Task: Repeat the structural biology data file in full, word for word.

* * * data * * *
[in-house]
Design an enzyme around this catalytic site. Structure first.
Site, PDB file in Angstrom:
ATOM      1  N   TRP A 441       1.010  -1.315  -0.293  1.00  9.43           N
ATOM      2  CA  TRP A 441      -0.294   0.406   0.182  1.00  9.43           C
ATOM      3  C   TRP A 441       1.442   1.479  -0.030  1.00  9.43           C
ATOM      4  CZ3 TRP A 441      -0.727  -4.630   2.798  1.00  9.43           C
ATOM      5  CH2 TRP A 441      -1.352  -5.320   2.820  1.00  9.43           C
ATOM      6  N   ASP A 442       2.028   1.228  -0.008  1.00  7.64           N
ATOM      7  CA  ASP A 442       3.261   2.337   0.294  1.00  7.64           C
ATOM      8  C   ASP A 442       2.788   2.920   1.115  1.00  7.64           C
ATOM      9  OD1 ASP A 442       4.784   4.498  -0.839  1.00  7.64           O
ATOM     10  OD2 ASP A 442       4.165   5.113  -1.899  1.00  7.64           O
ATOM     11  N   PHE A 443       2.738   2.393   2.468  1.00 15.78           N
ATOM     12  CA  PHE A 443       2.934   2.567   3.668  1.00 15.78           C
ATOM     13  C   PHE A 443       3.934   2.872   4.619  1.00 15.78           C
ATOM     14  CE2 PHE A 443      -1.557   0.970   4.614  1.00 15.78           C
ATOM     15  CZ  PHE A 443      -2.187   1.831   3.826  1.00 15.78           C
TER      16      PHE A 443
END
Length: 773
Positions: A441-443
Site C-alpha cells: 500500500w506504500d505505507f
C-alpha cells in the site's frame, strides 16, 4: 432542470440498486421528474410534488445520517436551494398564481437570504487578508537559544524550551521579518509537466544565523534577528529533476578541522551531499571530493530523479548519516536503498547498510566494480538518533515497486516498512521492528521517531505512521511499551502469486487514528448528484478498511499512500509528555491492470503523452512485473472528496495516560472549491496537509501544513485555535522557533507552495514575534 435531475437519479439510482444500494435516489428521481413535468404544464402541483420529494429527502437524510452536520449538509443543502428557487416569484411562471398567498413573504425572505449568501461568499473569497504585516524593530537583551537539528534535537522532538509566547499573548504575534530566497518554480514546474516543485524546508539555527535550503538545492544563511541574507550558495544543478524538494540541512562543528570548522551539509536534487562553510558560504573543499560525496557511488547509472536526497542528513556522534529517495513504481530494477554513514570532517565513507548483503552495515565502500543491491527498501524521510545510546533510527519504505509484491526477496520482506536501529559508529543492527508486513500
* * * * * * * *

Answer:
[in-house]
Design an enzyme around this catalytic site. Structure first.
Site, PDB file in Angstrom:
ATOM      1  N   TRP A 441       1.010  -1.315  -0.293  1.00  9.43           N
ATOM      2  CA  TRP A 441      -0.294   0.406   0.182  1.00  9.43           C
ATOM      3  C   TRP A 441       1.442   1.479  -0.030  1.00  9.43           C
ATOM      4  CZ3 TRP A 441      -0.727  -4.630   2.798  1.00  9.43           C
ATOM      5  CH2 TRP A 441      -1.352  -5.320   2.820  1.00  9.43           C
ATOM      6  N   ASP A 442       2.028   1.228  -0.008  1.00  7.64           N
ATOM      7  CA  ASP A 442       3.261   2.337   0.294  1.00  7.64           C
ATOM      8  C   ASP A 442       2.788   2.920   1.115  1.00  7.64           C
ATOM      9  OD1 ASP A 442       4.784   4.498  -0.839  1.00  7.64           O
ATOM     10  OD2 ASP A 442       4.165   5.113  -1.899  1.00  7.64           O
ATOM     11  N   PHE A 443       2.738   2.393   2.468  1.00 15.78           N
ATOM     12  CA  PHE A 443       2.934   2.567   3.668  1.00 15.78           C
ATOM     13  C   PHE A 443       3.934   2.872   4.619  1.00 15.78           C
ATOM     14  CE2 PHE A 443      -1.557   0.970   4.614  1.00 15.78           C
ATOM     15  CZ  PHE A 443      -2.187   1.831   3.826  1.00 15.78           C
TER      16      PHE A 443
END
Length: 773
Positions: A441-443
Site C-alpha cells: 500500500w506504500d505505507f
C-alpha cells in the site's frame, strides 16, 4: 432542470440498486421528474410534488445520517436551494398564481437570504487578508537559544524550551521579518509537466544565523534577528529533476578541522551531499571530493530523479548519516536503498547498510566494480538518533515497486516498512521492528521517531505512521511499551502469486487514528448528484478498511499512500509528555491492470503523452512485473472528496495516560472549491496537509501544513485555535522557533507552495514575534 435531475437519479439510482444500494435516489428521481413535468404544464402541483420529494429527502437524510452536520449538509443543502428557487416569484411562471398567498413573504425572505449568501461568499473569497504585516524593530537583551537539528534535537522532538509566547499573548504575534530566497518554480514546474516543485524546508539555527535550503538545492544563511541574507550558495544543478524538494540541512562543528570548522551539509536534487562553510558560504573543499560525496557511488547509472536526497542528513556522534529517495513504481530494477554513514570532517565513507548483503552495515565502500543491491527498501524521510545510546533510527519504505509484491526477496520482506536501529559508529543492527508486513500